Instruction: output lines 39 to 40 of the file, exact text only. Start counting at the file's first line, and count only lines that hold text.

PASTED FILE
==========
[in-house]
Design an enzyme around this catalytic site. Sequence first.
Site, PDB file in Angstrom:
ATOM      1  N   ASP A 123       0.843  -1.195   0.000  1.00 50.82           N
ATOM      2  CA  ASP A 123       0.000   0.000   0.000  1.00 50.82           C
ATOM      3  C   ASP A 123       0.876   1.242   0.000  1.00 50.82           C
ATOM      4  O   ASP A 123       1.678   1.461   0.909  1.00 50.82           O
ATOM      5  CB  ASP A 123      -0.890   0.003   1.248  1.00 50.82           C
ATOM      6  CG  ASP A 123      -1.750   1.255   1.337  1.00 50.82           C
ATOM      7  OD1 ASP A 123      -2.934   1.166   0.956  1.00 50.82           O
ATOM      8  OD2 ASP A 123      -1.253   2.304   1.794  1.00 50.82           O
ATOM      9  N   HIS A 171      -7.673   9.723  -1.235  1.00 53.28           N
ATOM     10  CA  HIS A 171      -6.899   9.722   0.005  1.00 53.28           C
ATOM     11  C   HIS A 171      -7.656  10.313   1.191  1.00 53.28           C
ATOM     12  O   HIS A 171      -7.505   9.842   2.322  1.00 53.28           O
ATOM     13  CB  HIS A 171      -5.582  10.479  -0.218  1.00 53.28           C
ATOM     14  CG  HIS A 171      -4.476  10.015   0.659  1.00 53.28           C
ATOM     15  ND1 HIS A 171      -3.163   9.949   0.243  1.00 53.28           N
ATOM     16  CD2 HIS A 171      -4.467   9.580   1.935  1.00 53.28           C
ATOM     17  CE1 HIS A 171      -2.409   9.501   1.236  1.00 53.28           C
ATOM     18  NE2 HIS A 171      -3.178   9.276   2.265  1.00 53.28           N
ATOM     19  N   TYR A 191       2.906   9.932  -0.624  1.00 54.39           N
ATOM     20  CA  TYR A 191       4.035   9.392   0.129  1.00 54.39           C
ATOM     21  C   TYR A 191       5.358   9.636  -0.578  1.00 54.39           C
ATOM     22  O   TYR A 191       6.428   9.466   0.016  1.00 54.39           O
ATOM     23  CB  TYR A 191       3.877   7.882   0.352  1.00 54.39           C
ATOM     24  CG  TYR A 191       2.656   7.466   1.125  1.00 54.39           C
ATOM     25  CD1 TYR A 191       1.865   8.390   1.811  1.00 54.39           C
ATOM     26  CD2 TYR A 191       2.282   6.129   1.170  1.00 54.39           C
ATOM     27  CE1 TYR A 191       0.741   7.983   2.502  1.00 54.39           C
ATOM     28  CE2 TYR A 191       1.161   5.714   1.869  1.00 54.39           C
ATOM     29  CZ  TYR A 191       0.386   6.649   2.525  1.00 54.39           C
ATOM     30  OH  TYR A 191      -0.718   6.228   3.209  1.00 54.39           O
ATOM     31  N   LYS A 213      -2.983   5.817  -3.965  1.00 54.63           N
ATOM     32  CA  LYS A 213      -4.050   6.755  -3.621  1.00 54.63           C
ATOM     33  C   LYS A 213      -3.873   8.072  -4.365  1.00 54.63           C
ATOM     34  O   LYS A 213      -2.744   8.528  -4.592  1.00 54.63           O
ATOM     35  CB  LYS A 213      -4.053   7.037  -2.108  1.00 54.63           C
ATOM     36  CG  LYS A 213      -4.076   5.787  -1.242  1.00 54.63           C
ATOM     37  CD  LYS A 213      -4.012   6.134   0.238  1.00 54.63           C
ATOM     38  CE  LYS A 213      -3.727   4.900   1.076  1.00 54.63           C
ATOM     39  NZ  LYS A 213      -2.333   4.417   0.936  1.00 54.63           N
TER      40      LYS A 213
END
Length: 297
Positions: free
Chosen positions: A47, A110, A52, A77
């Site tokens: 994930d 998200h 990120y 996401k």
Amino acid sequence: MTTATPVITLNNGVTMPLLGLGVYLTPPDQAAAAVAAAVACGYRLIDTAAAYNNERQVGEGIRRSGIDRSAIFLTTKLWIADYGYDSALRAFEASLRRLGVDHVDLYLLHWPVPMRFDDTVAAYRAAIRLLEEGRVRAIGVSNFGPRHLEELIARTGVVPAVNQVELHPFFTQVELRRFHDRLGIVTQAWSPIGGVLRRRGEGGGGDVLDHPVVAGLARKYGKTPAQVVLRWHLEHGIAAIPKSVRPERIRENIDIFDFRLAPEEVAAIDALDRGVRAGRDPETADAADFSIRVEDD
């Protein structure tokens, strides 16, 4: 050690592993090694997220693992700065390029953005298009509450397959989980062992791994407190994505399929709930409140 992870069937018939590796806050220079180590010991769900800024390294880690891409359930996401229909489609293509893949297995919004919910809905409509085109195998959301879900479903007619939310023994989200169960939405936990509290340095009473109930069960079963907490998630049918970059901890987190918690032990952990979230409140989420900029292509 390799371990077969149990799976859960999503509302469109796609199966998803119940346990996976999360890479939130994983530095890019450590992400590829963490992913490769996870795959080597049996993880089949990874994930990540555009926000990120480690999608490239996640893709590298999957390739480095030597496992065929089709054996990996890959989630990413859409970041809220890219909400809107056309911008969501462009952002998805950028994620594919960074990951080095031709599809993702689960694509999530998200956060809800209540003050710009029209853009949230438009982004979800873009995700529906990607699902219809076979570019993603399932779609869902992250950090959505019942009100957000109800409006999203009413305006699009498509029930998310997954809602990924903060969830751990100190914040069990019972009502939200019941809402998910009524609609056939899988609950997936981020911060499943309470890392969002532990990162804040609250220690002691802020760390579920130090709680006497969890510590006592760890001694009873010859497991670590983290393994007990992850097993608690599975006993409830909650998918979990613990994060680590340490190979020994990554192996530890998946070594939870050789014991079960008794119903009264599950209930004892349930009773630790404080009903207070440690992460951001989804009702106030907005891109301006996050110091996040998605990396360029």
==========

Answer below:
ATOM     36  CG  LYS A 213      -4.076   5.787  -1.242  1.00 54.63           C
ATOM     37  CD  LYS A 213      -4.012   6.134   0.238  1.00 54.63           C